The Bronx River, approximately 24 miles (39 km) long, flows through southeast New York in the United States and drains an area of 38.4 square miles (99 km2). It is named after colonial settler Jonas Bronck. The Bronx River is the only fresh water river in New York City.It originally rose in what is now the Kensico Reservoir, in Westchester County north of New York City. With the construction of the Kensico Dam in 1885, however, the river was cut off from its natural headwaters and today a small tributary stream serves as its source. The Bronx River flows south past White Plains, then south-southwest through the northern suburbs, passing through Edgemont, Tuckahoe, Eastchester, and Bronxville. It forms the border between the large cities of Yonkers and Mount Vernon, and flows into the northern end of The Bronx, where it divides East Bronx from West Bronx, southward through Bronx Park, New York Botanical Garden, and the Bronx Zoo and continues through neighborhoods of the South Bronx. It empties into the East River, a tidal strait connected to Long Island Sound, between the Soundview and Hunts Point neighborhoods.

In the 17th century, the river—called by the natives "Aquehung"—served as a boundary between loosely associated bands under sachems of the informal confederacy of the Wecquaesgeek, Europeanized as the Wappinger; the east bank of the river was the boundary for the Siwanoy, clammers and fishermen. The same line would be retained when manors were granted to the Dutch and the English. The Algonkian significance of the name is variously reported; the acca- element, as represented in the Long Island place-name Accabonac, was deformed into the more familiar, suitably watery European phoneme aque-.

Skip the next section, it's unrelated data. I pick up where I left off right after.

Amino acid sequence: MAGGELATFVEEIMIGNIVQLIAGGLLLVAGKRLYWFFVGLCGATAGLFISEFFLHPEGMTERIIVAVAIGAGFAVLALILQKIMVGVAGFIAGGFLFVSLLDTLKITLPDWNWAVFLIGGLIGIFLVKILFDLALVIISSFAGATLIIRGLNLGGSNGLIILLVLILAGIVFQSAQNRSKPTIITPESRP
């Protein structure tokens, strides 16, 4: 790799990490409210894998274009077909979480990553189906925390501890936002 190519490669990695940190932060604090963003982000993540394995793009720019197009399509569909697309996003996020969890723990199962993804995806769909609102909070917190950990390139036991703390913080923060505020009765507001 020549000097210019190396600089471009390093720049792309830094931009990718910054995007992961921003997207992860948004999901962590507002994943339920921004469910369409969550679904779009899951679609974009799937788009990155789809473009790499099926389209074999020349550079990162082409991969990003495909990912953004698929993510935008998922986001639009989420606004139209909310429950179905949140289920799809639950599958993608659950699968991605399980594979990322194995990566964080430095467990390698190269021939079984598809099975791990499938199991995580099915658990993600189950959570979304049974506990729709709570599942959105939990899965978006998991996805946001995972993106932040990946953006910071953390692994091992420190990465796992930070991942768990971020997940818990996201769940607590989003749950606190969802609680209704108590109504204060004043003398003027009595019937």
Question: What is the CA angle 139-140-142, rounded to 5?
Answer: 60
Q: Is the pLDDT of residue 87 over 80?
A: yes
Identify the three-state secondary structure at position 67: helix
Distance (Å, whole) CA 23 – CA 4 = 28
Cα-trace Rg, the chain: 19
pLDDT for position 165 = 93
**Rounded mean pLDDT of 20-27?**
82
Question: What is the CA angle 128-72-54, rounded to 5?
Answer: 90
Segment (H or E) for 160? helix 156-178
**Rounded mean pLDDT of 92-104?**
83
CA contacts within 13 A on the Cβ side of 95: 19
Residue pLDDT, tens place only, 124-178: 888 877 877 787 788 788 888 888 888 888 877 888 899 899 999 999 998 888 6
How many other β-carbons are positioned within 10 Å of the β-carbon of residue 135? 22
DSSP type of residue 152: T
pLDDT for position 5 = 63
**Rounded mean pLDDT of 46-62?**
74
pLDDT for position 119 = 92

The tract purchased by Jonas Bronck in 1639 lay between the Harlem River and the river that came to be called "Bronck's river".

Harding Park, Bronx

Harding Park also known as "Little Puerto Rico" is a private waterfront community geographically located in the Clason Point section of the Bronx, a borough in New York City. The neighborhood is part of Bronx Community Board 9. Its boundaries, starting from the north and moving clockwise are: O'Brien Avenue to the north, White Plains Road to the east, the East River to the south, and the Bronx River to the west. White Plains Road is the primary thoroughfare through Harding Park. ZIP code is 10473. The area is patrolled by the 43rd Precinct, Sector Adam located at 900 Fteley Avenue in the Soundview section of the Bronx. As in Silver Beach and Edgewater Park in Throggs Neck, a peninsular location and irregular street grid incongruent with the main Bronx grid lend an air of isolation.

Hunter Island (Bronx)

Hunter Island (also Hunters Island or Hunter's Island) is a 166-acre (67 ha) peninsula and former island in the Bronx, New York City, United States. It is situated on the western end of Long Island Sound, along the sound's northwestern shore, and is part of Pelham Bay Park in the northeastern part of the Bronx. Hunter Island initially covered 215 acres (87 ha). It was part of the Pelham Islands, the historical name for a group of islands in western Long Island Sound that once belonged to Thomas Pell. The island is connected to another former island, Twin Island, on the northeast.

The area around Hunter Island was originally settled by the Siwanoy Native Americans. One of Pell's descendants, Joshua Pell, moved onto the island in 1743. It was subsequently owned by the Hunter and Henderson families, and the island was briefly named Henderson's Island after the latter. Henderson's Island was purchased by politician John Hunter in 1804. Hunter built a mansion on the island and his family resided on the island until 1865, when it was sold to former mayor Ambrose Kingsland. Hunter Island was owned by several other people before being incorporated into Pelham Bay Park in 1888. Subsequently, the island became a vacation destination. In the 1930s, New York City parks commissioner Robert Moses extended nearby Orchard Beach, to the south of the island, by connecting Hunter Island to the mainland.